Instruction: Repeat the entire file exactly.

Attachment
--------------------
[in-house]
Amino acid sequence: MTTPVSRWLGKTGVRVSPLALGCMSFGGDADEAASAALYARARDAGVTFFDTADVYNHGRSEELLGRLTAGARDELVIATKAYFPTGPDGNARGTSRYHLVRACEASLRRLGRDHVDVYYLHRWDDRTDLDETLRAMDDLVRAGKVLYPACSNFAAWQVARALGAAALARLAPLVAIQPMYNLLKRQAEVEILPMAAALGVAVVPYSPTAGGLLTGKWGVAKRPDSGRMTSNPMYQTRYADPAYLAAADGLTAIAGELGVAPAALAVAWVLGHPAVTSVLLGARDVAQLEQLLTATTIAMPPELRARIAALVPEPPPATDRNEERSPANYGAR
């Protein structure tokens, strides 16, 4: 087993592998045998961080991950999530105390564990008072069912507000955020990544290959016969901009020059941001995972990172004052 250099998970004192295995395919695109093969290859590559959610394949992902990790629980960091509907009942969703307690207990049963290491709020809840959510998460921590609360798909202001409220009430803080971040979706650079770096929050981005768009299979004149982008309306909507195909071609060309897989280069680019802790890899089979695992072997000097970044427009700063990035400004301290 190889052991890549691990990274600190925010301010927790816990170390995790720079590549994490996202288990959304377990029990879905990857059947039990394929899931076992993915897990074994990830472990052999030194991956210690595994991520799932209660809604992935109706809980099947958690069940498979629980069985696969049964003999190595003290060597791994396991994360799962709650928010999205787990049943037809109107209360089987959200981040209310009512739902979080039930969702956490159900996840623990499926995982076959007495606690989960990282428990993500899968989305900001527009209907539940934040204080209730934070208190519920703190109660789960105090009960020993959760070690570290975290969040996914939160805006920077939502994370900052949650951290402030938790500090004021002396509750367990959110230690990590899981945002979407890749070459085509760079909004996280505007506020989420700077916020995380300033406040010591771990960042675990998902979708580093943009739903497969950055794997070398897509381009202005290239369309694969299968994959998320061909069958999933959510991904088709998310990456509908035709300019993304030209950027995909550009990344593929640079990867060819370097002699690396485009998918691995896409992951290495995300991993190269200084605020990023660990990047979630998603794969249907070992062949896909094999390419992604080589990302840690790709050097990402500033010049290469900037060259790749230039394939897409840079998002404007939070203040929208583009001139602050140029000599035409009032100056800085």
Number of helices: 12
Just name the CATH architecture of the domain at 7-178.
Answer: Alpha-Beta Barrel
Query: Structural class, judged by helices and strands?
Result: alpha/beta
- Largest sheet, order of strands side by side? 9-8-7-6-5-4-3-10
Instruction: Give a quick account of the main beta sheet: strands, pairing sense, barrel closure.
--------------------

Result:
[in-house]
Amino acid sequence: MTTPVSRWLGKTGVRVSPLALGCMSFGGDADEAASAALYARARDAGVTFFDTADVYNHGRSEELLGRLTAGARDELVIATKAYFPTGPDGNARGTSRYHLVRACEASLRRLGRDHVDVYYLHRWDDRTDLDETLRAMDDLVRAGKVLYPACSNFAAWQVARALGAAALARLAPLVAIQPMYNLLKRQAEVEILPMAAALGVAVVPYSPTAGGLLTGKWGVAKRPDSGRMTSNPMYQTRYADPAYLAAADGLTAIAGELGVAPAALAVAWVLGHPAVTSVLLGARDVAQLEQLLTATTIAMPPELRARIAALVPEPPPATDRNEERSPANYGAR
């Protein structure tokens, strides 16, 4: 087993592998045998961080991950999530105390564990008072069912507000955020990544290959016969901009020059941001995972990172004052 250099998970004192295995395919695109093969290859590559959610394949992902990790629980960091509907009942969703307690207990049963290491709020809840959510998460921590609360798909202001409220009430803080971040979706650079770096929050981005768009299979004149982008309306909507195909071609060309897989280069680019802790890899089979695992072997000097970044427009700063990035400004301290 190889052991890549691990990274600190925010301010927790816990170390995790720079590549994490996202288990959304377990029990879905990857059947039990394929899931076992993915897990074994990830472990052999030194991956210690595994991520799932209660809604992935109706809980099947958690069940498979629980069985696969049964003999190595003290060597791994396991994360799962709650928010999205787990049943037809109107209360089987959200981040209310009512739902979080039930969702956490159900996840623990499926995982076959007495606690989960990282428990993500899968989305900001527009209907539940934040204080209730934070208190519920703190109660789960105090009960020993959760070690570290975290969040996914939160805006920077939502994370900052949650951290402030938790500090004021002396509750367990959110230690990590899981945002979407890749070459085509760079909004996280505007506020989420700077916020995380300033406040010591771990960042675990998902979708580093943009739903497969950055794997070398897509381009202005290239369309694969299968994959998320061909069958999933959510991904088709998310990456509908035709300019993304030209950027995909550009990344593929640079990867060819370097002699690396485009998918691995896409992951290495995300991993190269200084605020990023660990990047979630998603794969249907070992062949896909094999390419992604080589990302840690790709050097990402500033010049290469900037060259790749230039394939897409840079998002404007939070203040929208583009001139602050140029000599035409009032100056800085």
Number of helices: 12
Just name the CATH architecture of the domain at 7-178.
Answer: Alpha-Beta Barrel
Query: Structural class, judged by helices and strands?
Result: alpha/beta
- Largest sheet, order of strands side by side? 9-8-7-6-5-4-3-10
Instruction: Give a quick account of the main beta sheet: strands, pairing sense, barrel closure.